[JURIST] A Chinese court on Friday convicted activists with ties to the New Citizens Movement [advocacy website, in Chinese; WSJ backgrounder] on the grounds of gathering a mob to disturb the public. The New Citizens Movement is a grass-roots organization which seeks to draw attention to matters of public concern, including equal access to education and disclosure of Chinese officials’ personal assets, in order to combat public corruption. Four human rights lawyers were all sentenced to at least two years in jail for their advocacy. Rights groups condemned the convictions as an effort to suppress dissent and anti-corruption activists. The founder of the New Citizens Movement, Xu Zhiyong [JURIST news archive], has been serving a prison sentence while attempting to appeal the same conviction.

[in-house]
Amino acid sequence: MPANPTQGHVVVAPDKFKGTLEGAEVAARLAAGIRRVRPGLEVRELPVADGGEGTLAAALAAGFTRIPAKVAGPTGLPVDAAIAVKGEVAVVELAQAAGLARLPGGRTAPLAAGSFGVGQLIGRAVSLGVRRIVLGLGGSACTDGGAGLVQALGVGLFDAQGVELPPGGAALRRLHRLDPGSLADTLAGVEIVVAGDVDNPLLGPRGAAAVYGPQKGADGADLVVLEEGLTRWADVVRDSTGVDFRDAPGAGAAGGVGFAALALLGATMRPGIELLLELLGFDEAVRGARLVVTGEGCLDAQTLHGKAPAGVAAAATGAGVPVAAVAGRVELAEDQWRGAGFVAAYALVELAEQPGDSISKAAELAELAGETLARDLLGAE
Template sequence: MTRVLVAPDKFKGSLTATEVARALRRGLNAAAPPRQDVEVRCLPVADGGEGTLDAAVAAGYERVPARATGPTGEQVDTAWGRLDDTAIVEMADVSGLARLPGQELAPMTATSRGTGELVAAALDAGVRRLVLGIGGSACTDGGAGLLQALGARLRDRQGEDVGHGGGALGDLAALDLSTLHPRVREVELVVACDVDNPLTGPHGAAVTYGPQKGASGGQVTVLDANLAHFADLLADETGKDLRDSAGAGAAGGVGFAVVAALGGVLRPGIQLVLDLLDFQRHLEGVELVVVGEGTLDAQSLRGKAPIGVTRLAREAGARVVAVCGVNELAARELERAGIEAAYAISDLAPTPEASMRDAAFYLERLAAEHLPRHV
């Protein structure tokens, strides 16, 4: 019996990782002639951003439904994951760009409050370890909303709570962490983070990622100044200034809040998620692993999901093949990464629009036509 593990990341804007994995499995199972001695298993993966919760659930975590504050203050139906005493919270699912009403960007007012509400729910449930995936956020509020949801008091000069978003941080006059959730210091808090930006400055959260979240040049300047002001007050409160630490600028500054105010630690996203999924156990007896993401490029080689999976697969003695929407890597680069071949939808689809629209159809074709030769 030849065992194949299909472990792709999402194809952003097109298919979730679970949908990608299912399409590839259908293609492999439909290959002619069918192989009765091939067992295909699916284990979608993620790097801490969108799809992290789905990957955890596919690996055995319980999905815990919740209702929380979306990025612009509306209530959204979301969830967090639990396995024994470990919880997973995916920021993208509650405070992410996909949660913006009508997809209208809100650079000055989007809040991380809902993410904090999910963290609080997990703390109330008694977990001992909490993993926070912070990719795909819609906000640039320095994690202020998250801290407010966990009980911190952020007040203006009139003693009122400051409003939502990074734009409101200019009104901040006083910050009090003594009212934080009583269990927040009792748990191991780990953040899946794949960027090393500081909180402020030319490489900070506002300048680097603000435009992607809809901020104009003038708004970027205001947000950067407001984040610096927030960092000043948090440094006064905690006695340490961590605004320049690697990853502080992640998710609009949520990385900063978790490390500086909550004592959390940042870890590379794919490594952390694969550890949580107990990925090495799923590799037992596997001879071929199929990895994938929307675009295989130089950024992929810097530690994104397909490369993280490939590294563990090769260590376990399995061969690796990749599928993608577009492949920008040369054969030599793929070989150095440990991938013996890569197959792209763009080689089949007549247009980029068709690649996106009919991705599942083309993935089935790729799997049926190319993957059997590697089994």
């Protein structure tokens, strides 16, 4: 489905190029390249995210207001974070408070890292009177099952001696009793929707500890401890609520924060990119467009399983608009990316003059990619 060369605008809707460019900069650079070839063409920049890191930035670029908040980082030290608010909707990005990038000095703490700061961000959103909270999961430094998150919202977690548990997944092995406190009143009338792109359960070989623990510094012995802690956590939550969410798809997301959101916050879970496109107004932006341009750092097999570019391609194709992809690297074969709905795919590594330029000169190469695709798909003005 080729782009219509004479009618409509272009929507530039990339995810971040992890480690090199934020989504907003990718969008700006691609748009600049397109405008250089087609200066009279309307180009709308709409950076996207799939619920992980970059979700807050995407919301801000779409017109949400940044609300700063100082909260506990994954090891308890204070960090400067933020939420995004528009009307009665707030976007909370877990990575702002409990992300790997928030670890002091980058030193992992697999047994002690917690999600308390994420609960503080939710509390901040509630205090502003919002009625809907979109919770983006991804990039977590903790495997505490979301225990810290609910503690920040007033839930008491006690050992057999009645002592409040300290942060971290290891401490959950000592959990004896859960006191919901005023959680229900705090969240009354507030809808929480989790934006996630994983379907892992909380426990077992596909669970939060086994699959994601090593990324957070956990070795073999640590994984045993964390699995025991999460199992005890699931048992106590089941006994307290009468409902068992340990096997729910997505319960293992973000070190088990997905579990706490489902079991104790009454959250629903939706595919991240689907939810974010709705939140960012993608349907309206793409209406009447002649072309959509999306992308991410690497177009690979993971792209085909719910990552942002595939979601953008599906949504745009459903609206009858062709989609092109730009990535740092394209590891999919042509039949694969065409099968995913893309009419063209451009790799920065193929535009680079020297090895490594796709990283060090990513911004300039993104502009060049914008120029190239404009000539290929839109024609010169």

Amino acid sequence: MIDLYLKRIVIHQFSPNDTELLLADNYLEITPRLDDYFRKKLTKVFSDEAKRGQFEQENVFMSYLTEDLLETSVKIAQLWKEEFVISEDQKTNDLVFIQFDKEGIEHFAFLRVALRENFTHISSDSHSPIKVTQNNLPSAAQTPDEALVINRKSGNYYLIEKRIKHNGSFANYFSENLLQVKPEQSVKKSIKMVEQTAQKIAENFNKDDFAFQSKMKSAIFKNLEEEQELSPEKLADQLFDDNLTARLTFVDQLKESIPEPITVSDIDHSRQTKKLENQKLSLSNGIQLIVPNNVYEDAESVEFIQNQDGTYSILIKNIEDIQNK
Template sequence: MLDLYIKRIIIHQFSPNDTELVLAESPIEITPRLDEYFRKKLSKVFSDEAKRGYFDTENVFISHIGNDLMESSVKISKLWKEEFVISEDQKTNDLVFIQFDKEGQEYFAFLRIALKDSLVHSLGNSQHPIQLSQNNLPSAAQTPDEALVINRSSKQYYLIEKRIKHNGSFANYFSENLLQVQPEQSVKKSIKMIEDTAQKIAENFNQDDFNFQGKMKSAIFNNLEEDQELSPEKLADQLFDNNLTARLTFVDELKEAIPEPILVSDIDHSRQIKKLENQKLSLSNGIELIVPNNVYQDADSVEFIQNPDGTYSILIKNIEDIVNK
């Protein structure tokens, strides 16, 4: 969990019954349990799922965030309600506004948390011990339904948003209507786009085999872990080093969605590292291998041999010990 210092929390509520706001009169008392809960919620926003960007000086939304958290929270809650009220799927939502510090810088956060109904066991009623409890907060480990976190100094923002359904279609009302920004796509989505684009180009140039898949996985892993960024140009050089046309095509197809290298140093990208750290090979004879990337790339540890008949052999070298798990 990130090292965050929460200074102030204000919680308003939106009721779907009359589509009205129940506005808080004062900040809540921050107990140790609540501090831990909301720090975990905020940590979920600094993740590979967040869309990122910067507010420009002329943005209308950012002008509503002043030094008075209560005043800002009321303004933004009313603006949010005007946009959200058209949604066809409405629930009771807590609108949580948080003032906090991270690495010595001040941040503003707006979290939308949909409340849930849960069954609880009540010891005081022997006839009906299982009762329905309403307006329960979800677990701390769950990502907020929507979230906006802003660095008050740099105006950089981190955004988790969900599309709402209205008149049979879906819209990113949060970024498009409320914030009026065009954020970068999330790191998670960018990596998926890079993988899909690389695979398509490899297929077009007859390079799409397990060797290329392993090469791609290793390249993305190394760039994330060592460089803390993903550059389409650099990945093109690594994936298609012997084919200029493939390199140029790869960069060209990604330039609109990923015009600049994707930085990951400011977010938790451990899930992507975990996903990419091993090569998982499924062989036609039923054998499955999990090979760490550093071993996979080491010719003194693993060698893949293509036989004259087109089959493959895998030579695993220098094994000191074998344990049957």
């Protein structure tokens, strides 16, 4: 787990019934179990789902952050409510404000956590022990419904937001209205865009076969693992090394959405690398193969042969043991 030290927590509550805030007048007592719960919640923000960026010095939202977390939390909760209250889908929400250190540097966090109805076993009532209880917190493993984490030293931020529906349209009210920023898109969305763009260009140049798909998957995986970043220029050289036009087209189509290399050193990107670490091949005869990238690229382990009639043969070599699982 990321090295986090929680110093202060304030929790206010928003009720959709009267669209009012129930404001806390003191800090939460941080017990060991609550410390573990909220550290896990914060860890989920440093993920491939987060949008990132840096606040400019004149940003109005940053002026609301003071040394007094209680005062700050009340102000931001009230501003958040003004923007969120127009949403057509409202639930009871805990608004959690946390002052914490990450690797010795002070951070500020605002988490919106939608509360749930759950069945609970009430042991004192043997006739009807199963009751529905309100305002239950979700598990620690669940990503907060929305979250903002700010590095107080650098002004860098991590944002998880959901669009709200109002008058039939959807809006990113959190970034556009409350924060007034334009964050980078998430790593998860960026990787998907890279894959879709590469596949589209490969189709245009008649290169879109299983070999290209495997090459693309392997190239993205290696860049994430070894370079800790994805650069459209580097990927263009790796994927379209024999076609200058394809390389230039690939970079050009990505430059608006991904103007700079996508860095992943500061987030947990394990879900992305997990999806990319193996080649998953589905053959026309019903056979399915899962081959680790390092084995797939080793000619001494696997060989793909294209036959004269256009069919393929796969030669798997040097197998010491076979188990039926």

The detainment of anti-corruption activists has been a recurrent human rights issue in China. Last week the Beijing Supreme People’s Court denied [JURIST report] Xu’s appeal, inciting harsh criticism from rights groups. Xu was formally indicted in December, after Beijing prosecutors received a letter from Chinese police officials urging [JURIST reports] the government to bring charges against Xu in early December. Last August Chinese writer, lawyer and human rights advocate Yang Maodong, commonly known by his pen name Guo Feixiong [HRIC profile], became the second leader, following Xu, of the New Citizens movement to be arrested [JURIST report] on suspicion of disrupting the peace.